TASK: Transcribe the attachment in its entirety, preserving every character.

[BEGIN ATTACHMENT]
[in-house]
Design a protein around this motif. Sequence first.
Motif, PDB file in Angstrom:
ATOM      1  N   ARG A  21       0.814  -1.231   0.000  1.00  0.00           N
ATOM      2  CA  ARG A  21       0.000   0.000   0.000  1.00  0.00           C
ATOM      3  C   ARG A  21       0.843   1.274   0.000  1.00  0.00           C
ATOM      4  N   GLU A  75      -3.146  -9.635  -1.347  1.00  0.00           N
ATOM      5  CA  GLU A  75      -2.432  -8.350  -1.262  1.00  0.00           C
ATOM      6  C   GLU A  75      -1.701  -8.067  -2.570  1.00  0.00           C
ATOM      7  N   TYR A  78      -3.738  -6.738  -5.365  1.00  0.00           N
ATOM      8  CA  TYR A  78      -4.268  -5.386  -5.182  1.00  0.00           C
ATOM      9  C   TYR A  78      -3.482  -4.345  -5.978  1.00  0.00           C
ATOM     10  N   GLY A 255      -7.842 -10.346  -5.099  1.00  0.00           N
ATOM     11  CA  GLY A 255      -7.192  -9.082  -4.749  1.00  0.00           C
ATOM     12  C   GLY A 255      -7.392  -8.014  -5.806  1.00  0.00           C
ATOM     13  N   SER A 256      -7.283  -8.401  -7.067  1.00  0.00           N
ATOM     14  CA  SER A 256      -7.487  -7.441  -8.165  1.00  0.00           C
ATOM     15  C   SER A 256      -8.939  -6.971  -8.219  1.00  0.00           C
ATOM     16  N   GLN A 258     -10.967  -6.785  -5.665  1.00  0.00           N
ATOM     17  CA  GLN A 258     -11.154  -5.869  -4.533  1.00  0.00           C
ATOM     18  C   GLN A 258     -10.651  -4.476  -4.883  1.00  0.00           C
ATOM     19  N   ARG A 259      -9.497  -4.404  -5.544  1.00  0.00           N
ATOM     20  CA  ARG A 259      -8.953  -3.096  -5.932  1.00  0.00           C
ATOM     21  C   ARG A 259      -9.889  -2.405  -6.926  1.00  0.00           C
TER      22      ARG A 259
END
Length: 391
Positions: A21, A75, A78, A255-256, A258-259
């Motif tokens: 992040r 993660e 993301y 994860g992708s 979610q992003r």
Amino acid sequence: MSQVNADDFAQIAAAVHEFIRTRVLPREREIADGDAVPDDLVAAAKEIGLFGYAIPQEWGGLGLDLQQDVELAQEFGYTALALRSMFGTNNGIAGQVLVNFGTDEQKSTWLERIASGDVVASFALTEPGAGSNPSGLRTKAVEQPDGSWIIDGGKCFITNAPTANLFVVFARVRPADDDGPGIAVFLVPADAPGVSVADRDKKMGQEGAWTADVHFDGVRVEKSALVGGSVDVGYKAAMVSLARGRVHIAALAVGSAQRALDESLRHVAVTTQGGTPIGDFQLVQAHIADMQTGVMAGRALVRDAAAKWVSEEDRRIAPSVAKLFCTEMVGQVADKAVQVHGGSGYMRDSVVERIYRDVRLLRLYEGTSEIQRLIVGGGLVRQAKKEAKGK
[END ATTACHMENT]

[in-house]
Design a protein around this motif. Sequence first.
Motif, PDB file in Angstrom:
ATOM      1  N   ARG A  21       0.814  -1.231   0.000  1.00  0.00           N
ATOM      2  CA  ARG A  21       0.000   0.000   0.000  1.00  0.00           C
ATOM      3  C   ARG A  21       0.843   1.274   0.000  1.00  0.00           C
ATOM      4  N   GLU A  75      -3.146  -9.635  -1.347  1.00  0.00           N
ATOM      5  CA  GLU A  75      -2.432  -8.350  -1.262  1.00  0.00           C
ATOM      6  C   GLU A  75      -1.701  -8.067  -2.570  1.00  0.00           C
ATOM      7  N   TYR A  78      -3.738  -6.738  -5.365  1.00  0.00           N
ATOM      8  CA  TYR A  78      -4.268  -5.386  -5.182  1.00  0.00           C
ATOM      9  C   TYR A  78      -3.482  -4.345  -5.978  1.00  0.00           C
ATOM     10  N   GLY A 255      -7.842 -10.346  -5.099  1.00  0.00           N
ATOM     11  CA  GLY A 255      -7.192  -9.082  -4.749  1.00  0.00           C
ATOM     12  C   GLY A 255      -7.392  -8.014  -5.806  1.00  0.00           C
ATOM     13  N   SER A 256      -7.283  -8.401  -7.067  1.00  0.00           N
ATOM     14  CA  SER A 256      -7.487  -7.441  -8.165  1.00  0.00           C
ATOM     15  C   SER A 256      -8.939  -6.971  -8.219  1.00  0.00           C
ATOM     16  N   GLN A 258     -10.967  -6.785  -5.665  1.00  0.00           N
ATOM     17  CA  GLN A 258     -11.154  -5.869  -4.533  1.00  0.00           C
ATOM     18  C   GLN A 258     -10.651  -4.476  -4.883  1.00  0.00           C
ATOM     19  N   ARG A 259      -9.497  -4.404  -5.544  1.00  0.00           N
ATOM     20  CA  ARG A 259      -8.953  -3.096  -5.932  1.00  0.00           C
ATOM     21  C   ARG A 259      -9.889  -2.405  -6.926  1.00  0.00           C
TER      22      ARG A 259
END
Length: 391
Positions: A21, A75, A78, A255-256, A258-259
């Motif tokens: 992040r 993660e 993301y 994860g992708s 979610q992003r």
Amino acid sequence: MSQVNADDFAQIAAAVHEFIRTRVLPREREIADGDAVPDDLVAAAKEIGLFGYAIPQEWGGLGLDLQQDVELAQEFGYTALALRSMFGTNNGIAGQVLVNFGTDEQKSTWLERIASGDVVASFALTEPGAGSNPSGLRTKAVEQPDGSWIIDGGKCFITNAPTANLFVVFARVRPADDDGPGIAVFLVPADAPGVSVADRDKKMGQEGAWTADVHFDGVRVEKSALVGGSVDVGYKAAMVSLARGRVHIAALAVGSAQRALDESLRHVAVTTQGGTPIGDFQLVQAHIADMQTGVMAGRALVRDAAAKWVSEEDRRIAPSVAKLFCTEMVGQVADKAVQVHGGSGYMRDSVVERIYRDVRLLRLYEGTSEIQRLIVGGGLVRQAKKEAKGK